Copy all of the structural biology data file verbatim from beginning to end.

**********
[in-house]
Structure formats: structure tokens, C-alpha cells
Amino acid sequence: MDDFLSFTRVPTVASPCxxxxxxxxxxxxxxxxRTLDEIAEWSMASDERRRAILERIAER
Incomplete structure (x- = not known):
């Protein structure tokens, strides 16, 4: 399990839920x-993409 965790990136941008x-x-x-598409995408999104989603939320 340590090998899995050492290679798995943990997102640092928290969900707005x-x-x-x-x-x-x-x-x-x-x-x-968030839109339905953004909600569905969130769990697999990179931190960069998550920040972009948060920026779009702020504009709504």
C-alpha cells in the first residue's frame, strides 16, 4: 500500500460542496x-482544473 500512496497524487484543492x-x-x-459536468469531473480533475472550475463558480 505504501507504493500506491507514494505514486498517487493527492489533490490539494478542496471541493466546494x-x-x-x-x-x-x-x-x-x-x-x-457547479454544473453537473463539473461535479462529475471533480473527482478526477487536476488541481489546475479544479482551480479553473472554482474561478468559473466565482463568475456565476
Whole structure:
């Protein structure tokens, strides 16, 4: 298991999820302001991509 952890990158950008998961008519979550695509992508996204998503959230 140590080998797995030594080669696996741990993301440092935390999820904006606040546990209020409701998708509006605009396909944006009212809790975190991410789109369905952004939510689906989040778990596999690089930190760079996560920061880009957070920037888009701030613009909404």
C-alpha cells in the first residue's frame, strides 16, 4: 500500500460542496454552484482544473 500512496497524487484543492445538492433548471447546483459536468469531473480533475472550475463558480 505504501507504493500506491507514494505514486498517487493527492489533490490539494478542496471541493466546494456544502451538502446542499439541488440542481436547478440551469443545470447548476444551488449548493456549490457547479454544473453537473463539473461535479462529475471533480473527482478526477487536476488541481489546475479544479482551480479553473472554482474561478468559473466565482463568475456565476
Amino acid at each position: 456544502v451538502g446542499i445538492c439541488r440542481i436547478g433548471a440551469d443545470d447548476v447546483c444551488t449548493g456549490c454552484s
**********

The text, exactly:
[in-house]
Structure formats: structure tokens, C-alpha cells
Amino acid sequence: MDDFLSFTRVPTVASPCxxxxxxxxxxxxxxxxRTLDEIAEWSMASDERRRAILERIAER
Incomplete structure (x- = not known):
């Protein structure tokens, strides 16, 4: 399990839920x-993409 965790990136941008x-x-x-598409995408999104989603939320 340590090998899995050492290679798995943990997102640092928290969900707005x-x-x-x-x-x-x-x-x-x-x-x-968030839109339905953004909600569905969130769990697999990179931190960069998550920040972009948060920026779009702020504009709504």
C-alpha cells in the first residue's frame, strides 16, 4: 500500500460542496x-482544473 500512496497524487484543492x-x-x-459536468469531473480533475472550475463558480 505504501507504493500506491507514494505514486498517487493527492489533490490539494478542496471541493466546494x-x-x-x-x-x-x-x-x-x-x-x-457547479454544473453537473463539473461535479462529475471533480473527482478526477487536476488541481489546475479544479482551480479553473472554482474561478468559473466565482463568475456565476
Whole structure:
């Protein structure tokens, strides 16, 4: 298991999820302001991509 952890990158950008998961008519979550695509992508996204998503959230 140590080998797995030594080669696996741990993301440092935390999820904006606040546990209020409701998708509006605009396909944006009212809790975190991410789109369905952004939510689906989040778990596999690089930190760079996560920061880009957070920037888009701030613009909404």
C-alpha cells in the first residue's frame, strides 16, 4: 500500500460542496454552484482544473 500512496497524487484543492445538492433548471447546483459536468469531473480533475472550475463558480 505504501507504493500506491507514494505514486498517487493527492489533490490539494478542496471541493466546494456544502451538502446542499439541488440542481436547478440551469443545470447548476444551488449548493456549490457547479454544473453537473463539473461535479462529475471533480473527482478526477487536476488541481489546475479544479482551480479553473472554482474561478468559473466565482463568475456565476
Amino acid at each position: 456544502v451538502g446542499i445538492c439541488r440542481i436547478g433548471a440551469d443545470d447548476v447546483c444551488t449548493g456549490c454552484s